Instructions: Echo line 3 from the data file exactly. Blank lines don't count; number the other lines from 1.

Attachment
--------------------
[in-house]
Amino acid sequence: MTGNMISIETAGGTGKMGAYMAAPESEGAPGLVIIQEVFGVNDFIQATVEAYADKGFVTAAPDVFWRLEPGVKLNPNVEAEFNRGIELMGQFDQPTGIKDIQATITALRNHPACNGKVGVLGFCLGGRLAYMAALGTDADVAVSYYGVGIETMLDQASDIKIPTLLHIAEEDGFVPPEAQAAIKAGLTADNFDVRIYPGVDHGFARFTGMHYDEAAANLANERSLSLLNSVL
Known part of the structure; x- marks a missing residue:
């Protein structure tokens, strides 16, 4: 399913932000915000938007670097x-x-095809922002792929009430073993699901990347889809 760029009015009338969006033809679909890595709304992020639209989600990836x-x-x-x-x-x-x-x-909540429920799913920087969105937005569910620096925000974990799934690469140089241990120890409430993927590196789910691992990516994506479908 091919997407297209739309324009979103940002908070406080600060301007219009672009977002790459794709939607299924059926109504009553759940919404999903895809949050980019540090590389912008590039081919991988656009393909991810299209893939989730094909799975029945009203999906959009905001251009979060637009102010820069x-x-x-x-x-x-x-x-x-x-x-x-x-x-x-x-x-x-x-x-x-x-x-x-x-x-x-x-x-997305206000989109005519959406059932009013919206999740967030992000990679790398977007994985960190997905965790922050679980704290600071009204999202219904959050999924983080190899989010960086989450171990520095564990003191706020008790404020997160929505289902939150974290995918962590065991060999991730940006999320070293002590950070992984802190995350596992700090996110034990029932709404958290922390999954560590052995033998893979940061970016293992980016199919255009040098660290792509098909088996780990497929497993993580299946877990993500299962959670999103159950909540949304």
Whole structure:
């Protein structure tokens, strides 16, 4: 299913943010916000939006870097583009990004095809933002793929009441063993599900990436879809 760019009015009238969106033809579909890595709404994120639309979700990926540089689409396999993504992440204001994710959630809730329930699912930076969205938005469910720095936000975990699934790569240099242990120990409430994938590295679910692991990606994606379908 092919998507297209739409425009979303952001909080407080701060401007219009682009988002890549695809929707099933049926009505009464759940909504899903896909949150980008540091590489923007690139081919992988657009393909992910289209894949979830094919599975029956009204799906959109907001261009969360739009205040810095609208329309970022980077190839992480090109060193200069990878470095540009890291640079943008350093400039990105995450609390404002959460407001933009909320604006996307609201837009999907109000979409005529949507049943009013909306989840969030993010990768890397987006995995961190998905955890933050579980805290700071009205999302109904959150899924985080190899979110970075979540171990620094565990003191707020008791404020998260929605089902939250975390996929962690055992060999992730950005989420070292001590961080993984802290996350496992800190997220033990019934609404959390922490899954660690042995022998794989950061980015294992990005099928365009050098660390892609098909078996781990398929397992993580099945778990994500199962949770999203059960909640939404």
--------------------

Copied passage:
Known part of the structure; x- marks a missing residue: